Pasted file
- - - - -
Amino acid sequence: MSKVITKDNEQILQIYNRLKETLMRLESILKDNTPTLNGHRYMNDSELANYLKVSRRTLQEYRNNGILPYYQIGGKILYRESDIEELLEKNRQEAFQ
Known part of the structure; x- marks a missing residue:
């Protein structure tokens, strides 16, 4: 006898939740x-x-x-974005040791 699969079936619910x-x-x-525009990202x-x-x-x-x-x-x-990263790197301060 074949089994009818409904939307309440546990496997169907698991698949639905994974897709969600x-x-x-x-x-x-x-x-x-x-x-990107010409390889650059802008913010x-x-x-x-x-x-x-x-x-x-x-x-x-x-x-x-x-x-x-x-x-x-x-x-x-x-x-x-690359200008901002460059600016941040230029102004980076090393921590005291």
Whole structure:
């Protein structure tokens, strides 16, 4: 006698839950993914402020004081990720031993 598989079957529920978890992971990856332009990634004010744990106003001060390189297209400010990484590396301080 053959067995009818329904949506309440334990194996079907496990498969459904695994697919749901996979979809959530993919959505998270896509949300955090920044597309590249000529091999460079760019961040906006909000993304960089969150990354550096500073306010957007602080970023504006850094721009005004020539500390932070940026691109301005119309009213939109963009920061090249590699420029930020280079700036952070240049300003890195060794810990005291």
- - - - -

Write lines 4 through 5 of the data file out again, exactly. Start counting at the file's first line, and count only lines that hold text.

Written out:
Whole structure:
């Protein structure tokens, strides 16, 4: 006698839950993914402020004081990720031993 598989079957529920978890992971990856332009990634004010744990106003001060390189297209400010990484590396301080 053959067995009818329904949506309440334990194996079907496990498969459904695994697919749901996979979809959530993919959505998270896509949300955090920044597309590249000529091999460079760019961040906006909000993304960089969150990354550096500073306010957007602080970023504006850094721009005004020539500390932070940026691109301005119309009213939109963009920061090249590699420029930020280079700036952070240049300003890195060794810990005291």